I knew Cooper’s performances would be be special from the get go, having been a fan of his bass playing since the very first time I saw him play. What intrigued me more was the possibility of what his personal compositions would sound like – and how he would find a way to break the conventions of what a lot of ‘bass music’ tends to sound like.

This he did tastefully with a double bass solo at the onset of his first show which incorporated both pizzicato (fingered) and arco (bowed) style playing. The bowed portion was played on the lower end of the bass, which created the sound of children playing on a swing – this was then put through a loop pedal, which took the audience into a trance like state, just before the full band came in with the hard beats.

While embracing the acoustic limitations of the traditional jazz ensemble – ever the more astonishing, was Cooper’s use of loops and modern electronic rhythms. I was intrigued to discover that the rhythmic heartbeat or backbone of his shows were easily reminiscent of modern electronic music, the type that one would rather find in grimy industrial clubs than in intimate jazz settings. I also picked up on the cinematic quality of his ensembles, again reminiscent of a band called The Cinematic Orchestra – which I later learnt was one of his favourites.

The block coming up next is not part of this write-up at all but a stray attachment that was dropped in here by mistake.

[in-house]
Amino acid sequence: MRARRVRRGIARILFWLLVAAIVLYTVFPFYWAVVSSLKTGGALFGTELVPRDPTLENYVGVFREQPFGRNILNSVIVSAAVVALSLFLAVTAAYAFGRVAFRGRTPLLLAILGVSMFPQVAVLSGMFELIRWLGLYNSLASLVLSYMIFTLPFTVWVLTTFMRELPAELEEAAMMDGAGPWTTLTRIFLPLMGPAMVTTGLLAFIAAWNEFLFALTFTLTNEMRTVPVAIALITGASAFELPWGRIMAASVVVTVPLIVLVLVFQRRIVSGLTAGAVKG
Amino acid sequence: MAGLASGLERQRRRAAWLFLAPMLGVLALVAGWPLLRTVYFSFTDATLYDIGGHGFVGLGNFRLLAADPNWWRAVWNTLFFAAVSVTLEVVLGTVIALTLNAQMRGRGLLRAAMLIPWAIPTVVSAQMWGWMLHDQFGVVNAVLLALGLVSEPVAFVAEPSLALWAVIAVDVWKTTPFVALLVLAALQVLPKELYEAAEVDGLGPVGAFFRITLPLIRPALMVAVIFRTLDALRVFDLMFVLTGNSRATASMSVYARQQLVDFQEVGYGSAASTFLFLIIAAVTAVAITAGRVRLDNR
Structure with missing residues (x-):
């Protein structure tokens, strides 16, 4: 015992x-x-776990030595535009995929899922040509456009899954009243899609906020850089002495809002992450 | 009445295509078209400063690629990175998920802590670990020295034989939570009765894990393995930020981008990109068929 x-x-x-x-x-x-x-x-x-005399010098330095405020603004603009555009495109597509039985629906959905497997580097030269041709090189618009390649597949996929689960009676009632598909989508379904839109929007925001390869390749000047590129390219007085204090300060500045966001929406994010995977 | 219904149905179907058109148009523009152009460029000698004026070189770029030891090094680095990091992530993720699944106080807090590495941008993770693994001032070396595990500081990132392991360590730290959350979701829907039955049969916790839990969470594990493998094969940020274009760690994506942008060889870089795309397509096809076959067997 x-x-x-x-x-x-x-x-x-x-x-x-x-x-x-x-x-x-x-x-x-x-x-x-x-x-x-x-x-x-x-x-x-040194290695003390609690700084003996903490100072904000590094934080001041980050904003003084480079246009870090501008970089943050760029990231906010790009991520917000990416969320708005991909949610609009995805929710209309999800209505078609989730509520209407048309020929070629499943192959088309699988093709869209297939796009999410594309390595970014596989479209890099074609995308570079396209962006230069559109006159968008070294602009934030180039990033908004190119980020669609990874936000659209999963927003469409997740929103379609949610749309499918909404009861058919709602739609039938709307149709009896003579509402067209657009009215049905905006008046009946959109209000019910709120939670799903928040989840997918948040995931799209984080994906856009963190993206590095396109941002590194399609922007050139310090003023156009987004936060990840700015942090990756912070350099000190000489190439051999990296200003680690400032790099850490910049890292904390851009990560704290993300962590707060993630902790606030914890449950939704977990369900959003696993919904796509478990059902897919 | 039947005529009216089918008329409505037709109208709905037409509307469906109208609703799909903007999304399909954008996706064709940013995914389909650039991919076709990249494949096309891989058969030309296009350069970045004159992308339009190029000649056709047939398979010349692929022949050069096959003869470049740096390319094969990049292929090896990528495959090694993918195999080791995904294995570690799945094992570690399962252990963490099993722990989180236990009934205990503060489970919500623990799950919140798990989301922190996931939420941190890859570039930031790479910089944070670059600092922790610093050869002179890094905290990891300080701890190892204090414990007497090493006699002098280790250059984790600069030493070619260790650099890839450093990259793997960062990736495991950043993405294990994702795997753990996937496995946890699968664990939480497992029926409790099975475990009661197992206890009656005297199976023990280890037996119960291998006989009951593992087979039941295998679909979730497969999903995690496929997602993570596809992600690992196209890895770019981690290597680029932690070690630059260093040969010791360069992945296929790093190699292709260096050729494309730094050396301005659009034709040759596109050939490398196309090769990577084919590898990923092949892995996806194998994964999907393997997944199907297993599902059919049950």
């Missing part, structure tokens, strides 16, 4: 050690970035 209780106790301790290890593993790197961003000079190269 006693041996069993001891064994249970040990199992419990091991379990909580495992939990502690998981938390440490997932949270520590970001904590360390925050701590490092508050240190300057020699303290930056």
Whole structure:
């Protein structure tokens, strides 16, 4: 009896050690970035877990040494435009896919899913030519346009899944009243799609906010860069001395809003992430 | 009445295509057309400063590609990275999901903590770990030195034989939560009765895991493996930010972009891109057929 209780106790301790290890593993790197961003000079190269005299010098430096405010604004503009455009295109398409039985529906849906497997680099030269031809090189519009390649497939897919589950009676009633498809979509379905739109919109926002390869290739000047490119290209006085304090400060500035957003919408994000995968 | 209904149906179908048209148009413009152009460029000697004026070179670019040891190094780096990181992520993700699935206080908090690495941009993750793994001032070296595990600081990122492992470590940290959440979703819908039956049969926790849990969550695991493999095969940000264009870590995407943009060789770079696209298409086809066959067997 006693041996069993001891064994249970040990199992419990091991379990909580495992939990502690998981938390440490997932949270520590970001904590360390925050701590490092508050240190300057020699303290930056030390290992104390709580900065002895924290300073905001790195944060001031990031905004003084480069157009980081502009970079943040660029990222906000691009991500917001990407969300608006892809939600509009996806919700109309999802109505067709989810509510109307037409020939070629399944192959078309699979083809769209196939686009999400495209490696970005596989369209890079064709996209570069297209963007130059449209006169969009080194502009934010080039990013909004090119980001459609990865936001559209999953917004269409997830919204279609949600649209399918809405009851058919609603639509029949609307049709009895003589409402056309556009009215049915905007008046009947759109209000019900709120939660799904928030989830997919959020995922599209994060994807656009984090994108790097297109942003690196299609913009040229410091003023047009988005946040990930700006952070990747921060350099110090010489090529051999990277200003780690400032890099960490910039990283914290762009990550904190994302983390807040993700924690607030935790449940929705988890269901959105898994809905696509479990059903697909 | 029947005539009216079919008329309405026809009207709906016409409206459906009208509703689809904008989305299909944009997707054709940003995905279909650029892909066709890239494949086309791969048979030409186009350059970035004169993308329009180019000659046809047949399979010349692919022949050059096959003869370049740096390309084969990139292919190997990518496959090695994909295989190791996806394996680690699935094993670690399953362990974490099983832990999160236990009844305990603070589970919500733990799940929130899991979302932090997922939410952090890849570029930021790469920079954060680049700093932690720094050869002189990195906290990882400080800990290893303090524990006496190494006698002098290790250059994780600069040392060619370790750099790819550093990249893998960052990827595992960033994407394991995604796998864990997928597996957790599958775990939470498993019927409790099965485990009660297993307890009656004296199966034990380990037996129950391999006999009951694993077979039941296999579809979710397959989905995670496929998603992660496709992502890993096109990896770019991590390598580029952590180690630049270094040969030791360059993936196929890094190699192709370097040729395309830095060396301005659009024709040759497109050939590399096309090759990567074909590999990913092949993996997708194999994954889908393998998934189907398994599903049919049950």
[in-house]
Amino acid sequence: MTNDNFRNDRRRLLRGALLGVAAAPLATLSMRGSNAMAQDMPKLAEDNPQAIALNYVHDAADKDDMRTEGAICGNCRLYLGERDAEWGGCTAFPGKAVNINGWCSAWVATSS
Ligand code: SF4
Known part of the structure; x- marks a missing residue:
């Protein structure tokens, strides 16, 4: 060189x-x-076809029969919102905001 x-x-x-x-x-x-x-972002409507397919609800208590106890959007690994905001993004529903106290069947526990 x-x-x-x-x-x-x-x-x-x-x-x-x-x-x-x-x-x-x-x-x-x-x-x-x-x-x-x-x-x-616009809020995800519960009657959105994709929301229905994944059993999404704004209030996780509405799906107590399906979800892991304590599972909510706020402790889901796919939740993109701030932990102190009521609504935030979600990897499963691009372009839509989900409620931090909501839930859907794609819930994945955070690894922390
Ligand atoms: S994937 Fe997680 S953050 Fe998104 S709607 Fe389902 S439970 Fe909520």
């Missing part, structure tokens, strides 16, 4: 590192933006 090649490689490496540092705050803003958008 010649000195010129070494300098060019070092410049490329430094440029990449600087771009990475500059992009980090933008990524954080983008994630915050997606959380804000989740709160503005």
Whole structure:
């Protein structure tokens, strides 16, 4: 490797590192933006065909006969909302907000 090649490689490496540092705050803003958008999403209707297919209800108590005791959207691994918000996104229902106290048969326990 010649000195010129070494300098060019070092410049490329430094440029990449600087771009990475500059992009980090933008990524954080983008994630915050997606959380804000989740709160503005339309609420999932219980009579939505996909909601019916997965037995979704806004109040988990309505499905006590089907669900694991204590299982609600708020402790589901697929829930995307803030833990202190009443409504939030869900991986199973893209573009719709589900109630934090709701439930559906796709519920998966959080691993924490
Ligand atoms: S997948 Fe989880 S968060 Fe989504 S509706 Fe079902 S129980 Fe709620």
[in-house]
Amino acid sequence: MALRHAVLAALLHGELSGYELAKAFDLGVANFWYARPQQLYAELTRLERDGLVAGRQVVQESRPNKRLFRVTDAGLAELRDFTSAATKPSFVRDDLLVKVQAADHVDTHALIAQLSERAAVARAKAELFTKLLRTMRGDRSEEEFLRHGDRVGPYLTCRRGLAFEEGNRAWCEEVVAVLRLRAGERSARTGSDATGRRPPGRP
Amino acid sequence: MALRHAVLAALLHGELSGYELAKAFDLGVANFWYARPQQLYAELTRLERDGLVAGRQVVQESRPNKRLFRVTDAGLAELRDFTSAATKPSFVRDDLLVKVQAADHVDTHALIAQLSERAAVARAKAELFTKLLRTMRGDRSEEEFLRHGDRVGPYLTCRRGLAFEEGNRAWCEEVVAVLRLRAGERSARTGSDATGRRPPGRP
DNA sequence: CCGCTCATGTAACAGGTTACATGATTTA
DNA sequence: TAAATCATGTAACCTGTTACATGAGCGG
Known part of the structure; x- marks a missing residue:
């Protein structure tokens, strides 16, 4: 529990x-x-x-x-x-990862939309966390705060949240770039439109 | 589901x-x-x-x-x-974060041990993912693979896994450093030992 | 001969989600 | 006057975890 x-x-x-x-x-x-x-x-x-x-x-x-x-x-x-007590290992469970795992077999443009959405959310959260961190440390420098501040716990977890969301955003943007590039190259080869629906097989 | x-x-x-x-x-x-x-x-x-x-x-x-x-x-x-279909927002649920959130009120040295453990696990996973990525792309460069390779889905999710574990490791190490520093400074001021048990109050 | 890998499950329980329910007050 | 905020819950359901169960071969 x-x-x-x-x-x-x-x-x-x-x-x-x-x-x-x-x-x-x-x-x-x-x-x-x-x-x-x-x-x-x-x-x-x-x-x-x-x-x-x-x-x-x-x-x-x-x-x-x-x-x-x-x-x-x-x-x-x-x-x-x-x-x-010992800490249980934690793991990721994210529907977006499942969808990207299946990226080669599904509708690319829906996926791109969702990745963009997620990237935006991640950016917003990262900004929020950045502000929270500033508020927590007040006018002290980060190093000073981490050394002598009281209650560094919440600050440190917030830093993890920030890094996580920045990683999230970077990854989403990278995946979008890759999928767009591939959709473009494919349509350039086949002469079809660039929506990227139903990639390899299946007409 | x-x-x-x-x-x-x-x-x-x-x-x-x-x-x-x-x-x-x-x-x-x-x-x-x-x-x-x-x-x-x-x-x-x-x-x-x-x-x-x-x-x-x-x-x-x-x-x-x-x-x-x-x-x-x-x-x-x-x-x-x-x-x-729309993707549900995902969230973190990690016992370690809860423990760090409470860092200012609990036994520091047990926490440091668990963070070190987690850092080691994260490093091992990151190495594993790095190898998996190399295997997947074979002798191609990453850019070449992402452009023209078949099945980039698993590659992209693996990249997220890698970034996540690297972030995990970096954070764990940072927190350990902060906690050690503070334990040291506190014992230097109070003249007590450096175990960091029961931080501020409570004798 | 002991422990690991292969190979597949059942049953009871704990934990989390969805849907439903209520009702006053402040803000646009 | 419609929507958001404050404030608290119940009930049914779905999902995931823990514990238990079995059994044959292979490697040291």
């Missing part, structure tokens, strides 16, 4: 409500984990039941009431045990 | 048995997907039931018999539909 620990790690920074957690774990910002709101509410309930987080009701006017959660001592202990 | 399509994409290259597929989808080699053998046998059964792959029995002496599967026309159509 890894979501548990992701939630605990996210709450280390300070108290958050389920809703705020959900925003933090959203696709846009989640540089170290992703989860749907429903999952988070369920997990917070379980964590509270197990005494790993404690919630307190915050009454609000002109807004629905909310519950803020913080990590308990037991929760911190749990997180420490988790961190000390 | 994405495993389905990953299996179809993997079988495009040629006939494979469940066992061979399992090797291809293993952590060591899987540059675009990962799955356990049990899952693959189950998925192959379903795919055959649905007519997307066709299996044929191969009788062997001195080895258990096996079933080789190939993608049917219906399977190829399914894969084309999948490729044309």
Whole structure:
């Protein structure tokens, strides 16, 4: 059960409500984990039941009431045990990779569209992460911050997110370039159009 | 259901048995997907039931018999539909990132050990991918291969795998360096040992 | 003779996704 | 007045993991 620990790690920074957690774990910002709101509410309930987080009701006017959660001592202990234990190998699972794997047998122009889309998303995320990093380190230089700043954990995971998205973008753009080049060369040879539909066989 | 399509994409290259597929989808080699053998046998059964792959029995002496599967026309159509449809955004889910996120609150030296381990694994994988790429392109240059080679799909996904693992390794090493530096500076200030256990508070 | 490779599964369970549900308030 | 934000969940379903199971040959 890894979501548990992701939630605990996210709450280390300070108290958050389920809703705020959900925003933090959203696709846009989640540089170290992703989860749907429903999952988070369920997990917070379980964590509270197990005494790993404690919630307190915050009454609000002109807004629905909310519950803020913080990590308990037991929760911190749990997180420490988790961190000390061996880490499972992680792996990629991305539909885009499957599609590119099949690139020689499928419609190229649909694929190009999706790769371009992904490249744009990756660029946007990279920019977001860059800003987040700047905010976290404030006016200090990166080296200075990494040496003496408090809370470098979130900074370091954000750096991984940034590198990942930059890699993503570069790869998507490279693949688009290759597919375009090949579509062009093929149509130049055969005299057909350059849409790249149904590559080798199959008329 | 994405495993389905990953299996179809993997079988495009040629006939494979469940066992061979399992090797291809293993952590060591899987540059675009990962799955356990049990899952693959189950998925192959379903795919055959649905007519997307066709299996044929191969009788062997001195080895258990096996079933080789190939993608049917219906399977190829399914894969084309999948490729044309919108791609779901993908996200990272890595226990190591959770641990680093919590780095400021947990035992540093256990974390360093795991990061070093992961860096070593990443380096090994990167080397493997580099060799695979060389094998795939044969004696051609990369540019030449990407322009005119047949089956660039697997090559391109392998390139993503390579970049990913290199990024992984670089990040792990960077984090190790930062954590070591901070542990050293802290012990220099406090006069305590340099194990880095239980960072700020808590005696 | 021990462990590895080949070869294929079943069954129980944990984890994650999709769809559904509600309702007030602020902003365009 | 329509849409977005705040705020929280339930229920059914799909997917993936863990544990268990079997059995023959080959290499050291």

Steve Turre
Steve Turre

Bad to the Bone – Steve Turre

Trombonist extraordinaire Steve Turre, is an undeniable stalwart of the trombone lexicon, having played on over 235 jazz recordings in addition to working with the Dizzy Gillespie United Nations Orchestra, Dexter Gordon, McCoy Tyner, Ray Charles, Max Roach, Horace Silver, Carlos Santana, Charlie Mingus Big Band, the Carnegie Hall Jazz Band, JJ Johnson, the Saturday Night Live Band and countless more. Arguably one of the biggest, most renowned artists I’ve seen play at Grahamstown since I first started going to the festival, Turre’s ensemble was backed by some of the most hip jazz players in South Africa – Marcus Wyatt, Bokani Dyer, Hein van de Geyn and Kevin Gibson.

From the start, Turre bombarded the audience with the biggest trombone notes known to man! His stage presence, attire and sound were larger than life and was unlike any other badass jazz shows I’ve seen in ages. It was bad to the bone – and I mean that in the most complimentary way possible. Each member of the ensemble added to the heaviness of it all, with hard swinging grooves from the rhythm section and an impressive array of inter-dimensional solos from both Turre and Marcus Wyatt.